Rosie the Engineer: RCA Cadettes
If Rosie the Riveter had spent some time in college before the outbreak of World War II, she might have been known as Rosie the RCA Cadette.
Factory jobs in aviation and nearly every major industry weren’t the only positions to be filled by women as men were called up to active service in wartime. The ranks of college-trained engineers, which weren’t large enough to handle soaring wartime demand in the first place, were depleted further by the war as men were drafted or enlisted.
The Advanced Development Group of Radio Corporation of America, a Lockheed Martin heritage company known today as the Advanced Technology Laboratories, participated in a socially groundbreaking solution to the problem. It sent a group of promising women students with prior college experience off for intensive college-level training at Purdue University in West Lafayette, Indiana. Other industry leaders, notably Curtiss-Wright, did the same.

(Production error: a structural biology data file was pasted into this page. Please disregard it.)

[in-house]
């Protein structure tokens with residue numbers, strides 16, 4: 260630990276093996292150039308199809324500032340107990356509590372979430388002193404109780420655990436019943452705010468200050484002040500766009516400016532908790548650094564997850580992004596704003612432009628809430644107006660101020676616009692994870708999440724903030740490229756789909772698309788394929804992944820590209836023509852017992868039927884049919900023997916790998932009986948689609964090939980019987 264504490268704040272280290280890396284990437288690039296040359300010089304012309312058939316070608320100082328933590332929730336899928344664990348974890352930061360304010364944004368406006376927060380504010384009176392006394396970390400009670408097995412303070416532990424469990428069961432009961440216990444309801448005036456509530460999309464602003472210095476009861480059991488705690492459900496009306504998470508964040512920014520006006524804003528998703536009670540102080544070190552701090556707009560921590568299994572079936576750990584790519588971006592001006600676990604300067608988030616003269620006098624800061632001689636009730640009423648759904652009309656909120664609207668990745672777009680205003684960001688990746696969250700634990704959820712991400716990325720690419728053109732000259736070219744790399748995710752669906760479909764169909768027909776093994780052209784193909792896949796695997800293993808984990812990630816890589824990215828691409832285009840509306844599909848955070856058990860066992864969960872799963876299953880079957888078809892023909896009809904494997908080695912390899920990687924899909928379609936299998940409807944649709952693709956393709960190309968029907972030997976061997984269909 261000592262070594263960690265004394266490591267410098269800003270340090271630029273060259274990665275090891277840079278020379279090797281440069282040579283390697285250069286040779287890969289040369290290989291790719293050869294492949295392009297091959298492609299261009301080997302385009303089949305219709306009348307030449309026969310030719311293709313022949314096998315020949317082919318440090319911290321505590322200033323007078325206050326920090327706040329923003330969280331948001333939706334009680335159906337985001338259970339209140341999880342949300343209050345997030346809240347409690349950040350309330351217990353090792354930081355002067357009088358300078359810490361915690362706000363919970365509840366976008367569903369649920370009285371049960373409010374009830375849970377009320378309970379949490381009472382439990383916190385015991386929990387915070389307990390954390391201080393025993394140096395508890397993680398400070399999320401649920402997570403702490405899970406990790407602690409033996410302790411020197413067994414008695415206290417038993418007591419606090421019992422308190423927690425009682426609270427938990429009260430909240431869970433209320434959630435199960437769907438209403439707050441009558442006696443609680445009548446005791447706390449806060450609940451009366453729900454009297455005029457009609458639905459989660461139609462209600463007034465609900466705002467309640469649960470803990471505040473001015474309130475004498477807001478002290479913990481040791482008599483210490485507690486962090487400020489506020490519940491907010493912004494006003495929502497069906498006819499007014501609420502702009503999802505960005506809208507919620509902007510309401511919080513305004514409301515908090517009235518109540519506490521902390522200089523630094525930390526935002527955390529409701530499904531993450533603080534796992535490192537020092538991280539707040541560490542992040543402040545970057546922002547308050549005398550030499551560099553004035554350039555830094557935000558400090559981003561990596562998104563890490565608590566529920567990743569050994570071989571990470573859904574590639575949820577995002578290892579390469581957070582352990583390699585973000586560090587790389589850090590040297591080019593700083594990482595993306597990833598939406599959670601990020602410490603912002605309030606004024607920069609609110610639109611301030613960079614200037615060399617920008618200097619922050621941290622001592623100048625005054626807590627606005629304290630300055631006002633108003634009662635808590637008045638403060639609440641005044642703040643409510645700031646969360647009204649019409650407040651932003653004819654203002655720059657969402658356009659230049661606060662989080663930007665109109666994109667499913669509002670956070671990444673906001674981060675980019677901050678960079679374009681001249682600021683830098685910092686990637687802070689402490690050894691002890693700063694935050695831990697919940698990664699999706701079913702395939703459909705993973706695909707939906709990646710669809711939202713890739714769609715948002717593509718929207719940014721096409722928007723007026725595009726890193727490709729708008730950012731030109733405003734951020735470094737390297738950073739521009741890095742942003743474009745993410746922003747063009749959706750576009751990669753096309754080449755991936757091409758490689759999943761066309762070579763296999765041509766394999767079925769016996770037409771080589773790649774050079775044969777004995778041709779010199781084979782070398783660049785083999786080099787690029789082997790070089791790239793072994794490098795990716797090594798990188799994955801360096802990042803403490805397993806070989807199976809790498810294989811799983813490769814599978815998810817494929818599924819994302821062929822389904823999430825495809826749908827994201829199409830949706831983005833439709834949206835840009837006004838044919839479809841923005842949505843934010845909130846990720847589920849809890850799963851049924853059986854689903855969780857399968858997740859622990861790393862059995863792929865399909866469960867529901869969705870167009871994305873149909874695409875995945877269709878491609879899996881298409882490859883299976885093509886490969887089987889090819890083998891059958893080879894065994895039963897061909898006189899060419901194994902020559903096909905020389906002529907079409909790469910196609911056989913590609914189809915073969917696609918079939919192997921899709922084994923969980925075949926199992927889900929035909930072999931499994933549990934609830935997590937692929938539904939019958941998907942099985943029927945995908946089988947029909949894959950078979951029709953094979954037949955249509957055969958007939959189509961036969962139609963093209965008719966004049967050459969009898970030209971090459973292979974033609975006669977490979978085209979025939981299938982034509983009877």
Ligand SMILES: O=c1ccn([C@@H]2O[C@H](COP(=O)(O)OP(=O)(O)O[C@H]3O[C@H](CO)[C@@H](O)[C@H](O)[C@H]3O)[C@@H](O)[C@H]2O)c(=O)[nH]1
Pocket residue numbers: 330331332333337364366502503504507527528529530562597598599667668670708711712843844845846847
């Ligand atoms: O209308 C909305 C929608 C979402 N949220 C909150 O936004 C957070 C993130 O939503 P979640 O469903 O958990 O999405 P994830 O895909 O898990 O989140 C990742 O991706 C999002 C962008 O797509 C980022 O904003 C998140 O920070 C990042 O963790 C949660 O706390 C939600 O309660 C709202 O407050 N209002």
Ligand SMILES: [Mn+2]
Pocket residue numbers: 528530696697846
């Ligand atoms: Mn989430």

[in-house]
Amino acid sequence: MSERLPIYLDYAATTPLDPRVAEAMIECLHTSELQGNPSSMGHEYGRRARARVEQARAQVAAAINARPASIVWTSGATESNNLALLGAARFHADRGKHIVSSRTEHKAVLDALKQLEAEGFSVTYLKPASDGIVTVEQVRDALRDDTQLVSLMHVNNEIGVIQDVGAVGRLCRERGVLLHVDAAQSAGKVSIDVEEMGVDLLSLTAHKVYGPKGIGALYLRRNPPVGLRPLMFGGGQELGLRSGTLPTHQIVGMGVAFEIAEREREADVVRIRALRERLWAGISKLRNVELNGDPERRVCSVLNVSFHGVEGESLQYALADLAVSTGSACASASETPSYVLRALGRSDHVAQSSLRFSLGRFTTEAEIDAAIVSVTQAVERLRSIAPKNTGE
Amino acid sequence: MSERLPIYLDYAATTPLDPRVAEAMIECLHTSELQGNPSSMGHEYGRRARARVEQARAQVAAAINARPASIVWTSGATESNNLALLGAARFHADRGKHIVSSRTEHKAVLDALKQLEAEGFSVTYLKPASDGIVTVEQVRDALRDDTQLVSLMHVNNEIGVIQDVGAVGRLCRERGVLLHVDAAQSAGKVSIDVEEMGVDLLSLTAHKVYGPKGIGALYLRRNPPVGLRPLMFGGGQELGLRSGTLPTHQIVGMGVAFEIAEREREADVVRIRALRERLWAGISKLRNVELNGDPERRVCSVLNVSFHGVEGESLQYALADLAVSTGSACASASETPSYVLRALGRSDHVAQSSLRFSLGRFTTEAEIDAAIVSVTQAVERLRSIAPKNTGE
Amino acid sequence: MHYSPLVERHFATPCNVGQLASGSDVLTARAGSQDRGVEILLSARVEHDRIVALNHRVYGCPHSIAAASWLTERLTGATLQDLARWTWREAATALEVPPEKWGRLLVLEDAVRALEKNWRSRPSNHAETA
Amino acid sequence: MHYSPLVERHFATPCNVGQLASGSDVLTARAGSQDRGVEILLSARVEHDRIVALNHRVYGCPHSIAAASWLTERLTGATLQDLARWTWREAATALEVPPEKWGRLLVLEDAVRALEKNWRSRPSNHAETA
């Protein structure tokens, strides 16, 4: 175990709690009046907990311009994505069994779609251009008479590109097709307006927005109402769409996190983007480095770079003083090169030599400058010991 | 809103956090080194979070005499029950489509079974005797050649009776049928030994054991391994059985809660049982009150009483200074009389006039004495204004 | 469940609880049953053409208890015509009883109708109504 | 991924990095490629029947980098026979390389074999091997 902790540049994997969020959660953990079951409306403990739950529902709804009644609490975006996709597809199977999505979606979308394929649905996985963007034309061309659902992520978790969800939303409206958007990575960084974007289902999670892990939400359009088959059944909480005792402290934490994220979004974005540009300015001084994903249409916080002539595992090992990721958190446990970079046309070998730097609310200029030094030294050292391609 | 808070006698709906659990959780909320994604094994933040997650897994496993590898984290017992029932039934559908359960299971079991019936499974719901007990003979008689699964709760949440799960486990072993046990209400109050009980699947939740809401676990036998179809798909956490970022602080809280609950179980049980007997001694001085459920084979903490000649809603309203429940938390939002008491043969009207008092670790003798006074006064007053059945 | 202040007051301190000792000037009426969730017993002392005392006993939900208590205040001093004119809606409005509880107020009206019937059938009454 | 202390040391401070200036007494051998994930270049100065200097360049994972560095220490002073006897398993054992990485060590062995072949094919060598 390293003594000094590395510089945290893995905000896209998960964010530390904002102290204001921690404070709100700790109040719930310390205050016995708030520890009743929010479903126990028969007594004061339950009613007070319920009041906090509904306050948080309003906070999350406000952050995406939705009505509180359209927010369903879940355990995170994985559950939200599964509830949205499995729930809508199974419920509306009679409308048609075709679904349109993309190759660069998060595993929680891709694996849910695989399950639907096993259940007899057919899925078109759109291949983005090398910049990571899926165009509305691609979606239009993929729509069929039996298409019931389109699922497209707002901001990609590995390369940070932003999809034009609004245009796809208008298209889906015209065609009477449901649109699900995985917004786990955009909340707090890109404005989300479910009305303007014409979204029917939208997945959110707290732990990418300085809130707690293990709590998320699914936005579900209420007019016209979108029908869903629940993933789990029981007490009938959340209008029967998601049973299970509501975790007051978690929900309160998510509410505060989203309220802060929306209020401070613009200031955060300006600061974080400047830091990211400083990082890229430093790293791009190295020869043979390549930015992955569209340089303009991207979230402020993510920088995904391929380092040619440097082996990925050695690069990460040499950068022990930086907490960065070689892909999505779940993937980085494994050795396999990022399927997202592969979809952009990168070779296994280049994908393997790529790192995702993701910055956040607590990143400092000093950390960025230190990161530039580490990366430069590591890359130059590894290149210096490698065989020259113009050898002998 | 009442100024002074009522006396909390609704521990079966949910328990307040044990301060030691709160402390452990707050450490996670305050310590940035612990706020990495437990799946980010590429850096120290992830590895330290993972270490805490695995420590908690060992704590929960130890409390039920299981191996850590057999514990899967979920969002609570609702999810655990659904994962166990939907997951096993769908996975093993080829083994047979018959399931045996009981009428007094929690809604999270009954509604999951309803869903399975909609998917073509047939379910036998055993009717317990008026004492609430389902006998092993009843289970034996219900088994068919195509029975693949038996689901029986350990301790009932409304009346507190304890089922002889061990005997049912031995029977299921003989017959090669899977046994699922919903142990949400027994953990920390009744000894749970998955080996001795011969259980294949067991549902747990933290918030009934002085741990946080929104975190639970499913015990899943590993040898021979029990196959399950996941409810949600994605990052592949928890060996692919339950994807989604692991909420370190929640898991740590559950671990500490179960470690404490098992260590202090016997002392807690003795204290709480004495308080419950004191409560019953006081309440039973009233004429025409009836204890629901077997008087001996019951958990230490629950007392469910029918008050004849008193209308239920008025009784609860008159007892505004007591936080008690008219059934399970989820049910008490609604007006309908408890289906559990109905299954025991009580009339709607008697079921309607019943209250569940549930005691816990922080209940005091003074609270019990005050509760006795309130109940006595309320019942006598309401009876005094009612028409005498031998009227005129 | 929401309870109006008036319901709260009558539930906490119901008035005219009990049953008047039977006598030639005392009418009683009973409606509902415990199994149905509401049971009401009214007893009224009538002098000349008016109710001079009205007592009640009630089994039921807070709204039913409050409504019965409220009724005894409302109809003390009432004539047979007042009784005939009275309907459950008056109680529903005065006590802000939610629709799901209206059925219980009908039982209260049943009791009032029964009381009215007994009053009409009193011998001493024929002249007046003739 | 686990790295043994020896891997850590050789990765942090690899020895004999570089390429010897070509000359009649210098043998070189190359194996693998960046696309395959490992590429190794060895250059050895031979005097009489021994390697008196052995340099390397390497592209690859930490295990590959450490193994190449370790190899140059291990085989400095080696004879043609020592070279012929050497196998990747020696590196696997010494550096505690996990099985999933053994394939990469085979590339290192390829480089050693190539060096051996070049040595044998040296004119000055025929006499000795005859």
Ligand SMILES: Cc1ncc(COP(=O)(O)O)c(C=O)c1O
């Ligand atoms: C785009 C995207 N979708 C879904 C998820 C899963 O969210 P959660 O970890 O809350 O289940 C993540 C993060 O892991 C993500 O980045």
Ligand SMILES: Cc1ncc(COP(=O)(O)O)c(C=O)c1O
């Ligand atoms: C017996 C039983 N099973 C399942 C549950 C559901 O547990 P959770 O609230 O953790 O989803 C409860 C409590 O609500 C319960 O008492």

The first group of RCA Engineering Cadettes, comprised of 86 women from 17 states, started classes on Purdue’s campus on May 1, 1943. They underwent forty-four weeks of intense training in mathematics, drafting, shop, electrical circuit theory, electronics, and radio theory, among others. They donned flannel work shirts on the shop floors and toiled alongside their male counterparts in other classes.
These wartime Cadettes were the first women to invade the inner sanctum of Purdue’s engineering department, and with predictable results, as wryly noted in the March 1943 edition of Purdue Engineer: “The advent of skirts, light footfalls, and the lilt of soprano voices into the heretofore masculine environment…caused many a head to rotate through the angle theta and many a neck to exceed all previously known elasticity constants.”
The Cadettes remained focused. In February 1944 the first graduating class of seventy-three Cadettes went straight into jobs as engineering aides in one of six RCA Victor plants around the country. By war’s end, 137 women had matriculated through the program and gone to work for RCA.